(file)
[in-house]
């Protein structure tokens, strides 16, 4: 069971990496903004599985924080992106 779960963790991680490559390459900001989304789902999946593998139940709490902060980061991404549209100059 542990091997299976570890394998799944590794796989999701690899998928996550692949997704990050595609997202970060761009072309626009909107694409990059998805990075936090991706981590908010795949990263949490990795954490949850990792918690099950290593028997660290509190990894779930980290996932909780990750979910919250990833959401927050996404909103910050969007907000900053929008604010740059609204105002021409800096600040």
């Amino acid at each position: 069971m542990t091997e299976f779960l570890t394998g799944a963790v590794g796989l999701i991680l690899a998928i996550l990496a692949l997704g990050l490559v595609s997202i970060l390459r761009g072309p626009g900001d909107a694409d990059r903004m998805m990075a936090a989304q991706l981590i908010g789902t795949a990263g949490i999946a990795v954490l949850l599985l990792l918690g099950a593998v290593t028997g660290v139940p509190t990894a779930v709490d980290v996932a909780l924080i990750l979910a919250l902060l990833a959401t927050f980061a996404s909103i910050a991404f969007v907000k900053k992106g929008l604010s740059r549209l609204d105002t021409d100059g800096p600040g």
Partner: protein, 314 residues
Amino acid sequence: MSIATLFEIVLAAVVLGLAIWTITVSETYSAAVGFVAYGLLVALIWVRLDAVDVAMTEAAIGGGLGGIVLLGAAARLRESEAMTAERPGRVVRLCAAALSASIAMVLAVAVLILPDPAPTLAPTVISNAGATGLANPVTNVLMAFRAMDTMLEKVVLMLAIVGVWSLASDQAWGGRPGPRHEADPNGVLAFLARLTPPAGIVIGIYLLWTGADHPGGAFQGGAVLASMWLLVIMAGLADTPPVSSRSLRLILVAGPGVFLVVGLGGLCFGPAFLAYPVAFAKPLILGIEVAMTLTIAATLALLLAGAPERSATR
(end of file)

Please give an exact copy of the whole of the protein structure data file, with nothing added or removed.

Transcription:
[in-house]
């Protein structure tokens, strides 16, 4: 069971990496903004599985924080992106 779960963790991680490559390459900001989304789902999946593998139940709490902060980061991404549209100059 542990091997299976570890394998799944590794796989999701690899998928996550692949997704990050595609997202970060761009072309626009909107694409990059998805990075936090991706981590908010795949990263949490990795954490949850990792918690099950290593028997660290509190990894779930980290996932909780990750979910919250990833959401927050996404909103910050969007907000900053929008604010740059609204105002021409800096600040």
């Amino acid at each position: 069971m542990t091997e299976f779960l570890t394998g799944a963790v590794g796989l999701i991680l690899a998928i996550l990496a692949l997704g990050l490559v595609s997202i970060l390459r761009g072309p626009g900001d909107a694409d990059r903004m998805m990075a936090a989304q991706l981590i908010g789902t795949a990263g949490i999946a990795v954490l949850l599985l990792l918690g099950a593998v290593t028997g660290v139940p509190t990894a779930v709490d980290v996932a909780l924080i990750l979910a919250l902060l990833a959401t927050f980061a996404s909103i910050a991404f969007v907000k900053k992106g929008l604010s740059r549209l609204d105002t021409d100059g800096p600040g």
Partner: protein, 314 residues
Amino acid sequence: MSIATLFEIVLAAVVLGLAIWTITVSETYSAAVGFVAYGLLVALIWVRLDAVDVAMTEAAIGGGLGGIVLLGAAARLRESEAMTAERPGRVVRLCAAALSASIAMVLAVAVLILPDPAPTLAPTVISNAGATGLANPVTNVLMAFRAMDTMLEKVVLMLAIVGVWSLASDQAWGGRPGPRHEADPNGVLAFLARLTPPAGIVIGIYLLWTGADHPGGAFQGGAVLASMWLLVIMAGLADTPPVSSRSLRLILVAGPGVFLVVGLGGLCFGPAFLAYPVAFAKPLILGIEVAMTLTIAATLALLLAGAPERSATR